Market Plus: John Roach

Jun 4, 2021  | 14 min  | Ep4642 | Podcast

Podcast

Yeager: This is the Friday, June 4, 2021 version of the Market Plus segment. Joining us now, John Roach, senior market analyst. And John, in the south, if you look at the drought monitor this week which comes out every Thursday, we pay attention a lot to that during the growing season here in North America, we see to the north it's dry, but to the south it is hard to find any dry conditions. And that is specific in cotton country. Is too much moisture causing a problem and pushing cotton higher?

Roach: I think we're seeing too much moisture in some spots and that may be helping the cotton market. But we just have a bullish situation going right now in crop markets in general. And remember that much of it is coming from demand from China and China is also a buyer of cotton too. So all the markets seem to be operating somewhat in a uniform positive nature because of the uncertainty of weather and because of the size of the demand.

Yeager: Okay, I'm going to take the inverse now of the too much and let's go too less water. Jenny in Des Moines is asking us, how does the prospect of a failed wheat harvest affect how Midwest corn farmers should think about marketing their 2021 crop?

Roach: I'm not sure that you want to look at spring wheat and think how that impacts corn. The problem with spring wheat is that it's a relatively small crop and the real competition comes from winter wheat, which is a cheaper priced feedstuff. And this year, particularly with all the moisture that they have down through winter wheat country, that crop is actually looking pretty optimistic and we anticipate there will be some of that wheat that is fed to livestock because of the price comparison and because of the availability. And so we think we could cause corn a little problem. We wouldn't look at wheat from the standpoint of shortage there positive corn, we'd flip it around. More wheat than what we probably need negative to corn, at least at this juncture.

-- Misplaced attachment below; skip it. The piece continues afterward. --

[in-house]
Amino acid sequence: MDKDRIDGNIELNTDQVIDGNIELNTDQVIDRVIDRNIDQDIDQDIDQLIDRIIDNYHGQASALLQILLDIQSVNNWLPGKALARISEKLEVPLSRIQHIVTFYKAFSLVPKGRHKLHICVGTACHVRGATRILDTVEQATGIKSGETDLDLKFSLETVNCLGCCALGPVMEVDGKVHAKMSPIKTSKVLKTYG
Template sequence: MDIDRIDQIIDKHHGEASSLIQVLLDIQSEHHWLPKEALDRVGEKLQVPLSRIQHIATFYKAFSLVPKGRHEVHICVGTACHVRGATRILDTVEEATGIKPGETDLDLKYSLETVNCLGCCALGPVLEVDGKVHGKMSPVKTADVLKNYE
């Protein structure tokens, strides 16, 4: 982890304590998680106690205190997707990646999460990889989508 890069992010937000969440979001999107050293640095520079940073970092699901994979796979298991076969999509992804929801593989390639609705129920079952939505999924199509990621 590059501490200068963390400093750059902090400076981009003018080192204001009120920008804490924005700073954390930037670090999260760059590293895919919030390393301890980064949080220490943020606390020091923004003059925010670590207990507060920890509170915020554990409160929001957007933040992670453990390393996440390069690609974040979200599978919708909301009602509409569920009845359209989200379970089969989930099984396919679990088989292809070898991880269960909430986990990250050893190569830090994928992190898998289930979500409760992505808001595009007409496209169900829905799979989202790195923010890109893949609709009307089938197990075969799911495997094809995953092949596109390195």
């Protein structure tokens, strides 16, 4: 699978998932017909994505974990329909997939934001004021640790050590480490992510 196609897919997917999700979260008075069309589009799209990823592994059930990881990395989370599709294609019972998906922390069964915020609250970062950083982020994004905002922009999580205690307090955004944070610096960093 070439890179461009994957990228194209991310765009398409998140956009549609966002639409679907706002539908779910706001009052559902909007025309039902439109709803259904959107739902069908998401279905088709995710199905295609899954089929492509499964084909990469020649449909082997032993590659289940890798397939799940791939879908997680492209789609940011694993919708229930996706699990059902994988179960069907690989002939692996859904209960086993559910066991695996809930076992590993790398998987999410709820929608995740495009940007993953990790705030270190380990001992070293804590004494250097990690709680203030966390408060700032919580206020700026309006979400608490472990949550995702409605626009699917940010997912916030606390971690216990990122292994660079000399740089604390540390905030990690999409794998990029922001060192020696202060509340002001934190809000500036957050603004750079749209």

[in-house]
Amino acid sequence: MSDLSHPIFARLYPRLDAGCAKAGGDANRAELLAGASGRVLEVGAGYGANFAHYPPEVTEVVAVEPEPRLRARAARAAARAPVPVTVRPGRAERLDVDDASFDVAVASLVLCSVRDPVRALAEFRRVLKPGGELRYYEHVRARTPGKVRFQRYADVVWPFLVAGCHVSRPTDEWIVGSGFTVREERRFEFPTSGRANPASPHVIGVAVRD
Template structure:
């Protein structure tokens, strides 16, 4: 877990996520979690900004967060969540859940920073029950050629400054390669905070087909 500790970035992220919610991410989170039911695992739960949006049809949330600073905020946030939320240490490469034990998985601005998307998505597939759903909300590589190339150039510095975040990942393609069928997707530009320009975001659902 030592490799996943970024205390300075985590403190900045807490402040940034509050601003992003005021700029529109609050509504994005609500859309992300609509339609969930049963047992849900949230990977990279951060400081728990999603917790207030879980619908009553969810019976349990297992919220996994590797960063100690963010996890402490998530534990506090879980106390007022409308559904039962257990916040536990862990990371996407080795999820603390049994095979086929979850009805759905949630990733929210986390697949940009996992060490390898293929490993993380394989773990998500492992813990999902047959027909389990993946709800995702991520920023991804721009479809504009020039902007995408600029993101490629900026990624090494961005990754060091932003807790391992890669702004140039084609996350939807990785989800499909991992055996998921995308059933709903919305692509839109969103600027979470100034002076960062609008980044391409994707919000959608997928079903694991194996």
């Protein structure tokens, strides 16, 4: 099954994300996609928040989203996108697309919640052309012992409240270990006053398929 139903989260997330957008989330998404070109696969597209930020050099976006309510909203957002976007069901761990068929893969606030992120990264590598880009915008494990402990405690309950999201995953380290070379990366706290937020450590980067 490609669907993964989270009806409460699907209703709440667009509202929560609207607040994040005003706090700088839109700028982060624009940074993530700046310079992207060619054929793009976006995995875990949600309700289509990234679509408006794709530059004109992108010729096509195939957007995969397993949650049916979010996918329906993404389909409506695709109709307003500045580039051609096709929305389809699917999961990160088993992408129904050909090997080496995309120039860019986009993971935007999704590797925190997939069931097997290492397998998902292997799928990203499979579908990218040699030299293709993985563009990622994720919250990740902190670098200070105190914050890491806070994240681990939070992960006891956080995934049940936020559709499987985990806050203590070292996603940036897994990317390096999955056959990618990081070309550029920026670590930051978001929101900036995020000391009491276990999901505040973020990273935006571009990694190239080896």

Yeager: Okay. So then let's ask about the soybean side of this same discussion. This is Husker Fast in Lincoln, Nebraska who is asking this question. Are we out of soybeans if the Dakotas dry up? Now you get to play speculator. Are $20 soybeans coming if that's the case?

Roach: $20 soybeans are pretty high prices. Remember it's a wholesale product. You have to be able to turn it into meal and oil and then somebody has to buy that meal and feed it and somebody has to buy the oil and from what it looks like we're going to put that into some sort of a renewable fuel. And so it's possible that we could have an energy market strong enough to do that and we could have livestock prices strong enough to do that but I wouldn’t be betting that way. What I would be betting right now is you're liable to get a sell signal on beans next week and that would be a good opportunity to be getting sales made on soybeans. That's what our plan is. We think putting any beans at this price level into a bin this fall doesn't make any sense. It just takes too much to make that profitable and there's just a lot of risk involved in doing that. And so we'd be careful here for a little bit to not get distracted off of our game. If you're going to let weather in spring wheat country and the Dakotas take you off your game of getting sales made in Iowa and Illinois and other areas where you have good crops that would be a mistake in my opinion.

Yeager: All right, you've already kind of teased a little bit of this question. But Merrill in Johnston, Iowa is asking kind of some of what you just answered. What should a producer be doing with new crop? How would you utilize option values in this crazy marketing year?